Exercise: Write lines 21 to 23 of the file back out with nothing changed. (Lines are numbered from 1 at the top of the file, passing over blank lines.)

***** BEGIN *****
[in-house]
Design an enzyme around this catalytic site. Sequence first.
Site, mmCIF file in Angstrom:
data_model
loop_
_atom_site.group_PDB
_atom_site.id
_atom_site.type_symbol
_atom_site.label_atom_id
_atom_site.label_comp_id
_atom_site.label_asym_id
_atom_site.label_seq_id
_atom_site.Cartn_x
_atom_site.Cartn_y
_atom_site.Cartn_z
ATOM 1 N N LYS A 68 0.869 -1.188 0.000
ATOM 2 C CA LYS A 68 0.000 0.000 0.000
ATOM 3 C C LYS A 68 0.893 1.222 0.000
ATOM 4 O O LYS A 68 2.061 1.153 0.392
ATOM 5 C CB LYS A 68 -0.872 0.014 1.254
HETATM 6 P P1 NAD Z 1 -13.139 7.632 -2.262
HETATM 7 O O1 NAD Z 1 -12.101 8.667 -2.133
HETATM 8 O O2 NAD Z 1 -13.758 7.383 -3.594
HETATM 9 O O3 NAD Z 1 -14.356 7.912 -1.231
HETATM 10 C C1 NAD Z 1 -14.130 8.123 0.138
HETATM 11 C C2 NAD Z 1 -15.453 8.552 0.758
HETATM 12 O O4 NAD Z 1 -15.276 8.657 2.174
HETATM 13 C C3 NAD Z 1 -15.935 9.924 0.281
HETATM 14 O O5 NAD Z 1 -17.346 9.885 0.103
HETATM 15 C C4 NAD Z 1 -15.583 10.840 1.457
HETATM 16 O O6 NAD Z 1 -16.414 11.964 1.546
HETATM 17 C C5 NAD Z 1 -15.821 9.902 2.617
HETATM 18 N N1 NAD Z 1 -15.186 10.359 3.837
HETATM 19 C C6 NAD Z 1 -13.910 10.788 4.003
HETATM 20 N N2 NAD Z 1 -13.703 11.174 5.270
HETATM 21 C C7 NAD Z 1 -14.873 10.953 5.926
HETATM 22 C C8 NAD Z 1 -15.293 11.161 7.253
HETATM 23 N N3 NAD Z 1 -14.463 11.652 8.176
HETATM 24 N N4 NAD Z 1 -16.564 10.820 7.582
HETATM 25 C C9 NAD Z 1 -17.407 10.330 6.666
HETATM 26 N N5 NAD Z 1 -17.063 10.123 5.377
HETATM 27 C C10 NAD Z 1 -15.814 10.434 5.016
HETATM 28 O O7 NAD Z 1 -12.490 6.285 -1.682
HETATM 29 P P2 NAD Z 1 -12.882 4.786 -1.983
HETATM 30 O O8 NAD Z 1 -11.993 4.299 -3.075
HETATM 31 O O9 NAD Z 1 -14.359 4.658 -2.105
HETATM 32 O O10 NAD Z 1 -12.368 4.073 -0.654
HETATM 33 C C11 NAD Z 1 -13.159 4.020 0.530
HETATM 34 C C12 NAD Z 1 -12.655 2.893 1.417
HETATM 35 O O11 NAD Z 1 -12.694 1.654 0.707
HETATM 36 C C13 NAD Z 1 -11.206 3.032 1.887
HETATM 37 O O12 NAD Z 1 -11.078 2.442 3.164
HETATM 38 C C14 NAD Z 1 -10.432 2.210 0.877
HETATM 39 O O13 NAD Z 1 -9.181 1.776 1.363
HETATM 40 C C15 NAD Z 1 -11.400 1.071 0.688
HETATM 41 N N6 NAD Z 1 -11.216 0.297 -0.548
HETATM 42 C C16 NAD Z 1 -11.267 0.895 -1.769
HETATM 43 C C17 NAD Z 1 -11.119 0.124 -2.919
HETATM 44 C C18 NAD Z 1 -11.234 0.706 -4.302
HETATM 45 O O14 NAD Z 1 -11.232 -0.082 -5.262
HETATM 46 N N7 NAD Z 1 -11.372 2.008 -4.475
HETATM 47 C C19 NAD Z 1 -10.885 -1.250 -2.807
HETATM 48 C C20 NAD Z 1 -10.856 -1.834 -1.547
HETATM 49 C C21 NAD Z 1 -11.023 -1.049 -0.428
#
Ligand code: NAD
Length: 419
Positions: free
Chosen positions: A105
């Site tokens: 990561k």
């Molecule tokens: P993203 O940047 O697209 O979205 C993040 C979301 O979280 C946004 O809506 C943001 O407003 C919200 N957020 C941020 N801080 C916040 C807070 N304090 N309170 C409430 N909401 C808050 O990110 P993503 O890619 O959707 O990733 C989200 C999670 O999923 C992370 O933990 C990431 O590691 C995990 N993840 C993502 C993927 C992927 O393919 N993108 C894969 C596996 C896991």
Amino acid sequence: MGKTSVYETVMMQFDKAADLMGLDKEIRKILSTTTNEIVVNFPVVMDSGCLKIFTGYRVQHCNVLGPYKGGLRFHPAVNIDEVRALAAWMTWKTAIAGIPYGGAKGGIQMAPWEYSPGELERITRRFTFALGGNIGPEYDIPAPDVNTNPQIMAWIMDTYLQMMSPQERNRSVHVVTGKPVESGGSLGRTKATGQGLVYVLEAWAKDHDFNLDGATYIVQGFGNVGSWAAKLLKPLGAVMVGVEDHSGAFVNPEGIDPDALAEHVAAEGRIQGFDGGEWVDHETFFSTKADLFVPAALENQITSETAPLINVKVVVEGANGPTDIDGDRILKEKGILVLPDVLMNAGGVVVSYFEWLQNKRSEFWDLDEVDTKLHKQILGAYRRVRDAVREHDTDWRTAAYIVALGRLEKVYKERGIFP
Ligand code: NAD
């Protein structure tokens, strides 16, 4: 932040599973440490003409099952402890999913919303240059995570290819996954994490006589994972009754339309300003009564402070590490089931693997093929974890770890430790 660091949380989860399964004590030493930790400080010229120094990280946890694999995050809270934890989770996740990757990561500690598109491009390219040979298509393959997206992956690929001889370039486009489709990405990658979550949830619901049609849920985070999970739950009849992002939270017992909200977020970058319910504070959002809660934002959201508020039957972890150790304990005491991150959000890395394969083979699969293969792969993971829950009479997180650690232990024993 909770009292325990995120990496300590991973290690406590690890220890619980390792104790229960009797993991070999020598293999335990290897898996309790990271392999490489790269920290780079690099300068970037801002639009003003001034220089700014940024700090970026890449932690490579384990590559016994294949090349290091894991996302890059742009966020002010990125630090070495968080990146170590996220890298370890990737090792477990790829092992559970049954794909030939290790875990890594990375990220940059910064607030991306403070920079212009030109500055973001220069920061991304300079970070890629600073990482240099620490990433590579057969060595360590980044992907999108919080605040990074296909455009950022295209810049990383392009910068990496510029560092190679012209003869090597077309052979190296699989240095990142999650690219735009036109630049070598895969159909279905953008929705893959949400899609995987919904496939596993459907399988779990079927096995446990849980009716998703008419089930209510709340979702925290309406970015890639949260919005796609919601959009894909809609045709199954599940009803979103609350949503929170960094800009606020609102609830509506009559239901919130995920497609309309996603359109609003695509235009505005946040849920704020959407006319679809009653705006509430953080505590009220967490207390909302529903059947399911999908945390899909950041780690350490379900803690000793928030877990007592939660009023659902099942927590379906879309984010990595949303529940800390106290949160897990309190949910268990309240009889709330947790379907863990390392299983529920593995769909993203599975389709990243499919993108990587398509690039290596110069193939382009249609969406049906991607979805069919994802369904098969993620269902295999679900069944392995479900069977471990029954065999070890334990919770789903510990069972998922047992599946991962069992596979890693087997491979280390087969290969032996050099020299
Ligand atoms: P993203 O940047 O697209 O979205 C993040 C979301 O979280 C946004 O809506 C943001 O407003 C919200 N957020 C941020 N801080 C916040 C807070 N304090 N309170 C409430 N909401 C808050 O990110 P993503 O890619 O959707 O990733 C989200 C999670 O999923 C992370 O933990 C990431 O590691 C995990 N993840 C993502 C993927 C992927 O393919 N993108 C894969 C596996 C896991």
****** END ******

HETATM 6 P P1 NAD Z 1 -13.139 7.632 -2.262
HETATM 7 O O1 NAD Z 1 -12.101 8.667 -2.133
HETATM 8 O O2 NAD Z 1 -13.758 7.383 -3.594